Bioactive Molecules in Plant Sciences
Plant Sciences' contribution to the Bioactive Molecules research theme is to identify new plant bioactive molecules, and unravel their mechanisms of action in plant development or health, and the regulatory networks and (bio)synthetic pathways required for their production.
As photosynthetic, autotrophic organisms producing an enormous variety of natural ingredients, plants are one of the richest sources for bioactive molecules. Plant-originated bioactive molecules are being used in different fields of life sciences, such as pharmaceutical (e.g. anticancer, anti-inflammatory or antimicrobial compounds) and agricultural sciences (e.g. hormone-like compounds that trigger specific developmental- or defense responses in plants).
The first aim of our phytochemistry research lies in discovering leads for bioactive compounds. This is not only based on conventional approaches, focussing on the chemistry itself, but also on investigating the plant systems where the compounds are derived from. In particular, a fundamental question in plant physiology is how plants realize the biosynthesis of a wide-range of metabolites, even though many of them are not soluble in water? This has led to the discovery of a new group of Deep Eutectic Solvents based on common plant compounds, so-called natural deep eutectic solvents (NADES), that are currently being applied as green extraction solvents for cosmetics, drug delivery systems for pharmaceuticals or as food additives.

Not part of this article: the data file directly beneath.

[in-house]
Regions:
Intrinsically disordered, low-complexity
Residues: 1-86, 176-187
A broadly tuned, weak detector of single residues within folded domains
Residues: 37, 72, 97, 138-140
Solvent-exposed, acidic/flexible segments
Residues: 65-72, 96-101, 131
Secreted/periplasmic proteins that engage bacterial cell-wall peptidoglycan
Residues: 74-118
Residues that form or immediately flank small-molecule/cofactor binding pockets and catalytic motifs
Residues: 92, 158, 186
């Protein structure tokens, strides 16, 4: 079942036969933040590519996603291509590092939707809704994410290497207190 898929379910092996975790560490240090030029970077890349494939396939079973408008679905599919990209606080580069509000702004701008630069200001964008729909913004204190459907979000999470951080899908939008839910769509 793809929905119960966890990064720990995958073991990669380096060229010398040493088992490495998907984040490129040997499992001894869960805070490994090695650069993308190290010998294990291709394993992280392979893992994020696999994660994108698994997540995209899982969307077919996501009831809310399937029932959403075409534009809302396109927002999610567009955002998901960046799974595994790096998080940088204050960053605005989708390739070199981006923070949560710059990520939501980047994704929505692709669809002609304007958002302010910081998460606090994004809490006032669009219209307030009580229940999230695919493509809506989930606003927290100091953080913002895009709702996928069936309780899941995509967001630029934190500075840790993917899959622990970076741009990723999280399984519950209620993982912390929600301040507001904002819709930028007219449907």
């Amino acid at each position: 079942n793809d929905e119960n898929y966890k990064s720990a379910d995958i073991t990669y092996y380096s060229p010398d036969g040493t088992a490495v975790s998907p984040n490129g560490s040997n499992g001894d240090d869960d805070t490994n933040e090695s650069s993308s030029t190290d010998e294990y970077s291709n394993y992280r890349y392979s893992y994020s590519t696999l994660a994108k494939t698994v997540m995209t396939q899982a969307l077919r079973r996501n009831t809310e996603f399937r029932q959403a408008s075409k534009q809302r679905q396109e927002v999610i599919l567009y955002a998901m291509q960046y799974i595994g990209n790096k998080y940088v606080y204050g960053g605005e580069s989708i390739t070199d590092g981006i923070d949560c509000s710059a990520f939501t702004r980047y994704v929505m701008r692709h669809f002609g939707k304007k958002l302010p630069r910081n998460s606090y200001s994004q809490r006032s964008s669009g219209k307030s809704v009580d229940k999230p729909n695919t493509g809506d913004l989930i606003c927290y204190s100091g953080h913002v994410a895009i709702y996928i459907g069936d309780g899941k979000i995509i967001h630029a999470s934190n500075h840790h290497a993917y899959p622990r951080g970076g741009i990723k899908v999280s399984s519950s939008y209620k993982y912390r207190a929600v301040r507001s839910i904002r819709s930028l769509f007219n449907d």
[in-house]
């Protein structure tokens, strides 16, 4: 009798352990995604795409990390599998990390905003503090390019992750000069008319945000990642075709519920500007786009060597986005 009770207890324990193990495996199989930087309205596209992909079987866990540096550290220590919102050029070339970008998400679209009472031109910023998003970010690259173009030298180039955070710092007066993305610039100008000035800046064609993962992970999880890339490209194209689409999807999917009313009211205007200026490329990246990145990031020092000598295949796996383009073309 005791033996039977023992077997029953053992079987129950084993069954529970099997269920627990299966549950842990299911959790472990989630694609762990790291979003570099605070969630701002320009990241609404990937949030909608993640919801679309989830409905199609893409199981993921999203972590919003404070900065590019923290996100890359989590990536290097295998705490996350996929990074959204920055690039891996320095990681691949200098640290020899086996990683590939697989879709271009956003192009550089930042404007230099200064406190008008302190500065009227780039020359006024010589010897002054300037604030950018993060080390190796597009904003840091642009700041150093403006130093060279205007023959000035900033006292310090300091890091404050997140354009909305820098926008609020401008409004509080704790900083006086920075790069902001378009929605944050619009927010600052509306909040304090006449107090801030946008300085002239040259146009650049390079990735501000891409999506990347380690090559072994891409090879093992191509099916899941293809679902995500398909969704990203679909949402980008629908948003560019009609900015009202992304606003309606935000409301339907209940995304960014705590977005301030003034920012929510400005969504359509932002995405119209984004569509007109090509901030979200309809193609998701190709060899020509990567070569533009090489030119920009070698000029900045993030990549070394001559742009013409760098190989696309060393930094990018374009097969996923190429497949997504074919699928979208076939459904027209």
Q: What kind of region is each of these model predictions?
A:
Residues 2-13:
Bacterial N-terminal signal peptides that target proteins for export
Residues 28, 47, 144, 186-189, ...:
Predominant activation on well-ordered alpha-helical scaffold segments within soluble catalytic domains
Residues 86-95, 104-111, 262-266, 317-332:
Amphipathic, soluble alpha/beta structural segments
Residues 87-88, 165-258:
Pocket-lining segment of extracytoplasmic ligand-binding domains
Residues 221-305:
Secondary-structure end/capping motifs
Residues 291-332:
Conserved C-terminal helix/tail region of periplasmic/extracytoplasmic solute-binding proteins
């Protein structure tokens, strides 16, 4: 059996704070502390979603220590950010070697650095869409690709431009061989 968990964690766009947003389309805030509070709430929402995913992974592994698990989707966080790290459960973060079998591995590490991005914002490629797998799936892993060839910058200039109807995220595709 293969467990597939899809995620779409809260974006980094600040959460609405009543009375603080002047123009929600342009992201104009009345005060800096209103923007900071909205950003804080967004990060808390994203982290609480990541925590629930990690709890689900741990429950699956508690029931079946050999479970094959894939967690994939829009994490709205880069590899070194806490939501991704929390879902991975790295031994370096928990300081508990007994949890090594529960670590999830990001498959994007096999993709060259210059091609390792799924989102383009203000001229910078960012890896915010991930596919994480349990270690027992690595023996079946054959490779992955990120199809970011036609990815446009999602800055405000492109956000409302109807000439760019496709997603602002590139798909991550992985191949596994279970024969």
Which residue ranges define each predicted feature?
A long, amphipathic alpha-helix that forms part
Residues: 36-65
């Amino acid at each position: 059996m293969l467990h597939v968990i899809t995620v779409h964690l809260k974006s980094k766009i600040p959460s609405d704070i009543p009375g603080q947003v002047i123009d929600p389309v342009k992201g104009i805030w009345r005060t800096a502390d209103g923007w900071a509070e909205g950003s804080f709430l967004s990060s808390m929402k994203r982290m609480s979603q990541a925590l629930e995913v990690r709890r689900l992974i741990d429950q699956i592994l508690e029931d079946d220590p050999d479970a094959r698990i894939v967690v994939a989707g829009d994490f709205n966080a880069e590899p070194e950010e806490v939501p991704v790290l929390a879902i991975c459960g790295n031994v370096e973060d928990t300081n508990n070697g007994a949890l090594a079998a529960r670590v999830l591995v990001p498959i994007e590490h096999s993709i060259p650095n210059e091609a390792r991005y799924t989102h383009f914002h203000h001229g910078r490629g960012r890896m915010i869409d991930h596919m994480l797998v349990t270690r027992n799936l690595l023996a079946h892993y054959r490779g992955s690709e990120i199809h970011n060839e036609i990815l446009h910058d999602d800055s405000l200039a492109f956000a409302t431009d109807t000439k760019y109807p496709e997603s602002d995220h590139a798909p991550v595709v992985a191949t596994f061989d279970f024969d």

In collaboration with other IBL clusters and institutes, the identified and produced bioactive molecules of plants are further developed into pharmaceuticals (e.g. lead compounds or drug delivery systems), agricultural products (e.g. hormones, herbicides, pesticides, or insecticides), functional foods or cosmetics (e.g. extraction and emulsifying reagents).
In addition to the identification of the molecules in plants, an important part of the research in the Plant Science cluster aims at unravelling their mechanisms of action, and the regulatory networks and (bio)synthetic pathways required for their production.